LAW212 Evidence Law (8)

This subject introduces students to the practical and theoretical knowledge required for aspects of evidence and procedure within the criminal justice system in New South Wales. It explores the major evidential and procedural issues involved in underpinning the prosecution of criminal matters, including the rules governing the admissibility of evidence. The Evidence Act 1995 (NSW) and the Uniform Evidence Law form the backbone of the subject.

Availability

* Offering has a residential school. Please view following information for further details.

Session 1 (30)
Online *
Bathurst Campus

Continuing students should consult the SAL for current offering details: LAW212. Where differences exist between the Handbook and the SAL, the SAL should be taken as containing the correct subject offering details.

Subject Information

Grading System

HD/FL

Duration

One session

School

Centre for Law and Justice

Enrolment Restrictions

Bachelor of Laws and the Bachelor of Laws/Criminal Justice students only.

Prerequisites

LAW112 and LAW116

Learning Outcomes

Upon successful completion of this subject, students should:
  • be able to evaluate the historical, social, political, and ethical factors that impact upon the contemporary adversarial system
  • be able to evaluate and discuss the interaction of evidence law and substantive criminal law
  • be able to demonstrate an in-depth understanding of the major principles of evidence as they apply in the state of New South Wales
  • be able to apply rules of evidence, and standards of admissibility, in order to resolve problem-based scenarios
  • be able to demonstrate critical awareness of the problems associated with the imposition of the rules of admissibility of evidence
  • be able to analyse and synthesise relevant factual, legal and policy issues relating to evidence
  • be able to evaluate critically the function of judicial discretion within the context of the NSW adversarial system
  • be able to demonstrate an understanding of the impact of public policy reform and developments in international law on evidentiary law within NSW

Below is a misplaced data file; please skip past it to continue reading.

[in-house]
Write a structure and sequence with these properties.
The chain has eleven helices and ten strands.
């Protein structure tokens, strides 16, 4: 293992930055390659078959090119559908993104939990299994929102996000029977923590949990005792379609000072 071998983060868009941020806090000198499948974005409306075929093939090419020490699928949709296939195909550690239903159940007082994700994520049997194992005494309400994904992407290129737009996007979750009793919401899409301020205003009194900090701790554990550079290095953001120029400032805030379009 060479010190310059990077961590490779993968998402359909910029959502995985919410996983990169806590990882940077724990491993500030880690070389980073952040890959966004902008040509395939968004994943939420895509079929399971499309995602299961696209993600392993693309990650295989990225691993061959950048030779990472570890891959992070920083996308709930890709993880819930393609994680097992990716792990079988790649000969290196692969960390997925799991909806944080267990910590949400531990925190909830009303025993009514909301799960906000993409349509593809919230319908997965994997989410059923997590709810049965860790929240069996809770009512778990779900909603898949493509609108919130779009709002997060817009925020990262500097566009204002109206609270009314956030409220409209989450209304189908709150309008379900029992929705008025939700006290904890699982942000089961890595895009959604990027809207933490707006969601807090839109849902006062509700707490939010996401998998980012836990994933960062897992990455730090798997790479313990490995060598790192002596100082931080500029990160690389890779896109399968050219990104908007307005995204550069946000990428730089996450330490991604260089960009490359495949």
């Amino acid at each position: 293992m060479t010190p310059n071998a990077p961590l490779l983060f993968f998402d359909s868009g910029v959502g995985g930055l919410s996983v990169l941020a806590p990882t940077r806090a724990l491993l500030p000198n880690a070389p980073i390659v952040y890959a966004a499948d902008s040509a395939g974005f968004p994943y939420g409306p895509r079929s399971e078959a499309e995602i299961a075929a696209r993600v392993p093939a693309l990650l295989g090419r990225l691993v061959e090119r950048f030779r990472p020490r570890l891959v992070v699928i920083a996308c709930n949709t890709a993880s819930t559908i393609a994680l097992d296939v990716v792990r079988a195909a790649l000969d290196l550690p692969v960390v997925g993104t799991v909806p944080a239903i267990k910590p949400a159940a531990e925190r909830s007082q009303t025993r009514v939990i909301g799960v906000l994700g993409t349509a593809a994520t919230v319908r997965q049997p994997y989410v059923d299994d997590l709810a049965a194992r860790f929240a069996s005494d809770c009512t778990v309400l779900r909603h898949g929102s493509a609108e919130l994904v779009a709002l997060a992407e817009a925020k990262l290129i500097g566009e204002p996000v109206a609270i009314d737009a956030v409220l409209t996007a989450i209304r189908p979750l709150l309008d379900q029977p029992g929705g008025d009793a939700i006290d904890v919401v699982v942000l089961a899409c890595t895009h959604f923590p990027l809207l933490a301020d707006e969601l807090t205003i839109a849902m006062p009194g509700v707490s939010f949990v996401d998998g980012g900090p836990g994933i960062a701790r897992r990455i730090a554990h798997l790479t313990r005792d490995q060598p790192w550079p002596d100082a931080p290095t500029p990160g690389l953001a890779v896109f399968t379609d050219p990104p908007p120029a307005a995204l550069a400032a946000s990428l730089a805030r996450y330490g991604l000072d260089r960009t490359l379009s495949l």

Syllabus

This subject will cover the following topics:
  • Proof, presumptions and inferences
  • Competence and compellability of witnesses
  • Oaths and affirmations
  • Relevance
  • The course of the criminal trial
  • Adducing evidence in court, including cross-examination and re-examination of witnesses, and real and documentary examination
  • The accused as a witness, and their right of silence
  • Admissibility of evidence
  • Privilege
  • Credibility evidence
  • Hearsay and the common law and statutory exceptions
  • 'Res gestae'
  • Opinion evidence
  • Tendency and coincidence evidence
  • Character evidence
  • Admissions and confession in criminal cases
  • Corroboration
  • Illegally or improperly obtained evidence
  • Judicial discretion
  • Judicial warnings and other judicial comments

Indicative Assessment

The following table summarises the assessment tasks for the online offering of LAW212 in Session 1 2019. Please note this is a guide only. Assessment tasks are regularly updated and can also differ to suit the mode of study (online or on campus).

Item Number
Title
Value %
1
Online quiz 1
10
2
Online quiz 2
10
3
Case analysis
40
4
Final exam
40

Residential School

This subject contains a 2 day Optional Residential School.

The 2-day residential school for this subject is optional. It will cover the seminar topics relevant to the subject with particular emphasis on relevant case law, precedents and legislation.

The information contained in the CSU Handbook was accurate at the date of publication: July 2020. The University reserves the right to vary the information at any time without notice.

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